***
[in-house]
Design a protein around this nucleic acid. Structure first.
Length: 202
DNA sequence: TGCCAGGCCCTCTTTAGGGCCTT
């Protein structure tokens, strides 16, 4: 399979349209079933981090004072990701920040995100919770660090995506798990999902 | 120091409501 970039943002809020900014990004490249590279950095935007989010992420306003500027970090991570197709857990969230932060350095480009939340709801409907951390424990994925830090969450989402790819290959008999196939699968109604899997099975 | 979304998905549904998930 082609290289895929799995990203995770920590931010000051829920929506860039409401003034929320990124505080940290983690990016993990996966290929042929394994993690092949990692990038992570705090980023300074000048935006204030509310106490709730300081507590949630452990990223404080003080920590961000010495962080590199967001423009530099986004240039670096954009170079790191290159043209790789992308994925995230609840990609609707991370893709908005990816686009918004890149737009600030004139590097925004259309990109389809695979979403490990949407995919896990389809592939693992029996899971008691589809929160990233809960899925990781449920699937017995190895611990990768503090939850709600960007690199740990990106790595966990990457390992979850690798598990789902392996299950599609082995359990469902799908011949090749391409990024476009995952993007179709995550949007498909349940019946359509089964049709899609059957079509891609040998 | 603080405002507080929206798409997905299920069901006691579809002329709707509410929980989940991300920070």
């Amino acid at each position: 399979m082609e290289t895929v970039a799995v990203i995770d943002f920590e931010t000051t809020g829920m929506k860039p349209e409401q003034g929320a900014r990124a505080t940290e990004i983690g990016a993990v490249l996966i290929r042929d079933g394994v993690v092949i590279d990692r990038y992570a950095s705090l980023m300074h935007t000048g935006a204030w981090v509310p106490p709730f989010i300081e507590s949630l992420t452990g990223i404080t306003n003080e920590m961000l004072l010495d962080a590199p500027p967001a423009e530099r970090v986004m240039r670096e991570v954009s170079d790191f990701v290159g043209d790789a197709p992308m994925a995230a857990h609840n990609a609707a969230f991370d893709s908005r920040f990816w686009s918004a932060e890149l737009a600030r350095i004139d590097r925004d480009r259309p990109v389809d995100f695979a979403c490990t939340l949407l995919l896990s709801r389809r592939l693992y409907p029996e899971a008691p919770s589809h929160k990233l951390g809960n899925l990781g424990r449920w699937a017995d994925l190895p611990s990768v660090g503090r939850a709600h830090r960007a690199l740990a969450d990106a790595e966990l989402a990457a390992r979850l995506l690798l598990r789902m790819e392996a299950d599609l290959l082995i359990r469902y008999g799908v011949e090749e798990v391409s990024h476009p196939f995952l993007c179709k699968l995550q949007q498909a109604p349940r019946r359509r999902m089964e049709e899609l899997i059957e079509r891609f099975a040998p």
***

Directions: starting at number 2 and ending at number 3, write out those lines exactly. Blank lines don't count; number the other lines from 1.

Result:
Design a protein around this nucleic acid. Structure first.
Length: 202